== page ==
Coal, nuclear took higher share in Germany's power mix in 2021 - BDEW

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General view of the coal power plant in Neurath near Cologne, Germany, November 5, 2021. REUTERS/Wolfgang Rattay/File Photo

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FRANKFURT, Dec 21 (Reuters) - Coal and nuclear power, two energy sources Germany is planning to phase out, accounted for a bigger slice of the country's electricity production in 2021 than a year earlier, industry group BDEW said on Tuesday.

This was due to lower wind volumes and higher overall demand, BDEW said, noting coal and nuclear energy accounted for around 40% up from 35% in 2020.

Renewables fell to about 41% from 44%.

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Germany is planning to switch off its last nuclear power plant by the end of 2022, while coal is to be phased out by the end of the decade under plans being accelerated by the country's new government.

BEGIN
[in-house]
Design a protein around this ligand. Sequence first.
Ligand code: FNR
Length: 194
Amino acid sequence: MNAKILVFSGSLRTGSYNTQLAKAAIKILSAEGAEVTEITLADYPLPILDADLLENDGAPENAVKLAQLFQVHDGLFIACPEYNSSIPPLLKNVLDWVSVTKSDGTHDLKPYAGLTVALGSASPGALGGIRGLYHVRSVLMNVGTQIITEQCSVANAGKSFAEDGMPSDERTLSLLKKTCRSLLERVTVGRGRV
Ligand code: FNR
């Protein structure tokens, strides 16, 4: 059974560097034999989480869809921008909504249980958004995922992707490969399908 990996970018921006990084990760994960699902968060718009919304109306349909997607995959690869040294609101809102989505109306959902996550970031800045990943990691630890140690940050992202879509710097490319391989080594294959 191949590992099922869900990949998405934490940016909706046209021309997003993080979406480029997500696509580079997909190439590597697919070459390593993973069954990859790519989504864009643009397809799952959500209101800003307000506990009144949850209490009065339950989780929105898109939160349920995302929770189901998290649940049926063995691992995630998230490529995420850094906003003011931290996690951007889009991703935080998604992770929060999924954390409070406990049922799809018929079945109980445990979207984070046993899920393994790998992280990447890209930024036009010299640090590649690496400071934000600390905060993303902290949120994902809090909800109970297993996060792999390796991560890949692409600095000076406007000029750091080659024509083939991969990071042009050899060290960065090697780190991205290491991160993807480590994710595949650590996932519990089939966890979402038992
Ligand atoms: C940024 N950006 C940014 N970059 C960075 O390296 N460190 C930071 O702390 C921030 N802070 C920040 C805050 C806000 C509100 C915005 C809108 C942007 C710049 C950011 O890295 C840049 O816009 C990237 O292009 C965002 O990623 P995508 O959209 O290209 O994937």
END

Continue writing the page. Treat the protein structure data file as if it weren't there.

It wants renewables to account for 80% of Germany's power mix by 2030.

BDEW president Kerstin Andreae said that to hit that goal renewables expansion had to be accelerated massively, confirming the target was ambitious and required a reduction in bureaucracy.

Efficient gas plants are also needed as part of Germany's energy transition to ensure round-the-clock supply, in line with plans by RWE (RWEG.DE), the country's largest electricity producer, to build more of those.

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Reporting by Christoph Steitz; editing by Jason Neely

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